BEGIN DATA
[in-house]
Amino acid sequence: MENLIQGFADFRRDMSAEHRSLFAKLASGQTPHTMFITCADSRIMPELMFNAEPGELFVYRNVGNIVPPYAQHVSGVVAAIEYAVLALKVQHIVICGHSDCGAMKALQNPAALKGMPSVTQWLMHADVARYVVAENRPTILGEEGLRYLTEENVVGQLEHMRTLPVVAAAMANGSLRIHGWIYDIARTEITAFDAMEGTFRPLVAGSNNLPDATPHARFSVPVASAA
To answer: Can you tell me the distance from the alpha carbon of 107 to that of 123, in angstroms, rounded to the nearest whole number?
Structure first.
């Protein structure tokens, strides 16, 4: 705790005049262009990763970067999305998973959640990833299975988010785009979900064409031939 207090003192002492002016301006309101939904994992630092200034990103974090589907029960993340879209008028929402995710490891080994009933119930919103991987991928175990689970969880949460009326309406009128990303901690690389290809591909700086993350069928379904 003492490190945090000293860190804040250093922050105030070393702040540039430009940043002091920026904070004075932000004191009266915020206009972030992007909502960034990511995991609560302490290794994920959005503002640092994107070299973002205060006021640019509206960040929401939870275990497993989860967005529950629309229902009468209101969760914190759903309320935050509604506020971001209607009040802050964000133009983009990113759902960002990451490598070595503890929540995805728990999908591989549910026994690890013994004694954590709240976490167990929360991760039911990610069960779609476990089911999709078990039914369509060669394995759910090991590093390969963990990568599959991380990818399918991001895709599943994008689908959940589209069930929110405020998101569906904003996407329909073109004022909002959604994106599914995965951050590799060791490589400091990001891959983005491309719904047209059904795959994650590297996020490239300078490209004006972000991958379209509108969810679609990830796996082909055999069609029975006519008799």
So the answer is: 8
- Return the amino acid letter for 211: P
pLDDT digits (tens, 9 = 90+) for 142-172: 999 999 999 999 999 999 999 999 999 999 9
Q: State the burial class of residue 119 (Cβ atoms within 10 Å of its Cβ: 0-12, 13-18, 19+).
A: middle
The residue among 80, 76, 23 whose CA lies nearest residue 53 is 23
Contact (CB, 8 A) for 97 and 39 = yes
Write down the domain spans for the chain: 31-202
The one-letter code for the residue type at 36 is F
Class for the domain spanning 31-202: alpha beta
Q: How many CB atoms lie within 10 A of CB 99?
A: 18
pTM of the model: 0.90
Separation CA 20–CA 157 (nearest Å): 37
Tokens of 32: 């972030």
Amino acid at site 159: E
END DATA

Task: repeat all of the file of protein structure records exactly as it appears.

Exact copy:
[in-house]
Amino acid sequence: MENLIQGFADFRRDMSAEHRSLFAKLASGQTPHTMFITCADSRIMPELMFNAEPGELFVYRNVGNIVPPYAQHVSGVVAAIEYAVLALKVQHIVICGHSDCGAMKALQNPAALKGMPSVTQWLMHADVARYVVAENRPTILGEEGLRYLTEENVVGQLEHMRTLPVVAAAMANGSLRIHGWIYDIARTEITAFDAMEGTFRPLVAGSNNLPDATPHARFSVPVASAA
To answer: Can you tell me the distance from the alpha carbon of 107 to that of 123, in angstroms, rounded to the nearest whole number?
Structure first.
């Protein structure tokens, strides 16, 4: 705790005049262009990763970067999305998973959640990833299975988010785009979900064409031939 207090003192002492002016301006309101939904994992630092200034990103974090589907029960993340879209008028929402995710490891080994009933119930919103991987991928175990689970969880949460009326309406009128990303901690690389290809591909700086993350069928379904 003492490190945090000293860190804040250093922050105030070393702040540039430009940043002091920026904070004075932000004191009266915020206009972030992007909502960034990511995991609560302490290794994920959005503002640092994107070299973002205060006021640019509206960040929401939870275990497993989860967005529950629309229902009468209101969760914190759903309320935050509604506020971001209607009040802050964000133009983009990113759902960002990451490598070595503890929540995805728990999908591989549910026994690890013994004694954590709240976490167990929360991760039911990610069960779609476990089911999709078990039914369509060669394995759910090991590093390969963990990568599959991380990818399918991001895709599943994008689908959940589209069930929110405020998101569906904003996407329909073109004022909002959604994106599914995965951050590799060791490589400091990001891959983005491309719904047209059904795959994650590297996020490239300078490209004006972000991958379209509108969810679609990830796996082909055999069609029975006519008799």
So the answer is: 8
- Return the amino acid letter for 211: P
pLDDT digits (tens, 9 = 90+) for 142-172: 999 999 999 999 999 999 999 999 999 999 9
Q: State the burial class of residue 119 (Cβ atoms within 10 Å of its Cβ: 0-12, 13-18, 19+).
A: middle
The residue among 80, 76, 23 whose CA lies nearest residue 53 is 23
Contact (CB, 8 A) for 97 and 39 = yes
Write down the domain spans for the chain: 31-202
The one-letter code for the residue type at 36 is F
Class for the domain spanning 31-202: alpha beta
Q: How many CB atoms lie within 10 A of CB 99?
A: 18
pTM of the model: 0.90
Separation CA 20–CA 157 (nearest Å): 37
Tokens of 32: 């972030």
Amino acid at site 159: E